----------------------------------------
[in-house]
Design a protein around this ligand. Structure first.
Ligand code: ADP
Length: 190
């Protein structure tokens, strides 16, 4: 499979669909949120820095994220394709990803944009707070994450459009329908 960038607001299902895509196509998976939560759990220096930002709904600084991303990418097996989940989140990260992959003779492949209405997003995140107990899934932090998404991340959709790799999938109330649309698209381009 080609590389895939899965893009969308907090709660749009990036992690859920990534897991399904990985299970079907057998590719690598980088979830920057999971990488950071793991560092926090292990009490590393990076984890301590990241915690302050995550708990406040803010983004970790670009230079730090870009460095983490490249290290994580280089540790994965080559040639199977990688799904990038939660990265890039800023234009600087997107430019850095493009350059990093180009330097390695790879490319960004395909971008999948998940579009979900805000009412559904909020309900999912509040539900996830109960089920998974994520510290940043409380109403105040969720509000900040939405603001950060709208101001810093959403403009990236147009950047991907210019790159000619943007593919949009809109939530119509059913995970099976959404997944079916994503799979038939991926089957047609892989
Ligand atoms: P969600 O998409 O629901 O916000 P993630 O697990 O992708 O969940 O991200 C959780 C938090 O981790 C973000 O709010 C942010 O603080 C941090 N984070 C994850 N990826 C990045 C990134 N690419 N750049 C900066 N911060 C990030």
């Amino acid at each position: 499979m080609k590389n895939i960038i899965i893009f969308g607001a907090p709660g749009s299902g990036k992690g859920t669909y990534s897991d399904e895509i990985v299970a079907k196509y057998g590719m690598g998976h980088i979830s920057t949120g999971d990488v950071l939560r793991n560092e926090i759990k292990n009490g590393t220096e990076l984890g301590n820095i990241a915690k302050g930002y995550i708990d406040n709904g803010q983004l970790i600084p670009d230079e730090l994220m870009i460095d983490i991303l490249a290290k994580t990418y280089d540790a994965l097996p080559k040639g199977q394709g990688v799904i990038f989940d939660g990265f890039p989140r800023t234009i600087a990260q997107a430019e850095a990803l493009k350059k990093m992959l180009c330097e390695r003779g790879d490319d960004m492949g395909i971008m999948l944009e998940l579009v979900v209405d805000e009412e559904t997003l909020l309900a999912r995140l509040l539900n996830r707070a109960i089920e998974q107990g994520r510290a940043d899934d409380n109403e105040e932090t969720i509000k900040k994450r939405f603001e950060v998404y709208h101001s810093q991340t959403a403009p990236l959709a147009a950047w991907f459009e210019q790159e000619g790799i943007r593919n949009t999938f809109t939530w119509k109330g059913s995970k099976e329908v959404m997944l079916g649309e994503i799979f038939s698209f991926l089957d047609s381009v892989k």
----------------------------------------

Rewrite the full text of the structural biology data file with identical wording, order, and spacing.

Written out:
[in-house]
Design a protein around this ligand. Structure first.
Ligand code: ADP
Length: 190
């Protein structure tokens, strides 16, 4: 499979669909949120820095994220394709990803944009707070994450459009329908 960038607001299902895509196509998976939560759990220096930002709904600084991303990418097996989940989140990260992959003779492949209405997003995140107990899934932090998404991340959709790799999938109330649309698209381009 080609590389895939899965893009969308907090709660749009990036992690859920990534897991399904990985299970079907057998590719690598980088979830920057999971990488950071793991560092926090292990009490590393990076984890301590990241915690302050995550708990406040803010983004970790670009230079730090870009460095983490490249290290994580280089540790994965080559040639199977990688799904990038939660990265890039800023234009600087997107430019850095493009350059990093180009330097390695790879490319960004395909971008999948998940579009979900805000009412559904909020309900999912509040539900996830109960089920998974994520510290940043409380109403105040969720509000900040939405603001950060709208101001810093959403403009990236147009950047991907210019790159000619943007593919949009809109939530119509059913995970099976959404997944079916994503799979038939991926089957047609892989
Ligand atoms: P969600 O998409 O629901 O916000 P993630 O697990 O992708 O969940 O991200 C959780 C938090 O981790 C973000 O709010 C942010 O603080 C941090 N984070 C994850 N990826 C990045 C990134 N690419 N750049 C900066 N911060 C990030």
């Amino acid at each position: 499979m080609k590389n895939i960038i899965i893009f969308g607001a907090p709660g749009s299902g990036k992690g859920t669909y990534s897991d399904e895509i990985v299970a079907k196509y057998g590719m690598g998976h980088i979830s920057t949120g999971d990488v950071l939560r793991n560092e926090i759990k292990n009490g590393t220096e990076l984890g301590n820095i990241a915690k302050g930002y995550i708990d406040n709904g803010q983004l970790i600084p670009d230079e730090l994220m870009i460095d983490i991303l490249a290290k994580t990418y280089d540790a994965l097996p080559k040639g199977q394709g990688v799904i990038f989940d939660g990265f890039p989140r800023t234009i600087a990260q997107a430019e850095a990803l493009k350059k990093m992959l180009c330097e390695r003779g790879d490319d960004m492949g395909i971008m999948l944009e998940l579009v979900v209405d805000e009412e559904t997003l909020l309900a999912r995140l509040l539900n996830r707070a109960i089920e998974q107990g994520r510290a940043d899934d409380n109403e105040e932090t969720i509000k900040k994450r939405f603001e950060v998404y709208h101001s810093q991340t959403a403009p990236l959709a147009a950047w991907f459009e210019q790159e000619g790799i943007r593919n949009t999938f809109t939530w119509k109330g059913s995970k099976e329908v959404m997944l079916g649309e994503i799979f038939s698209f991926l089957d047609s381009v892989k």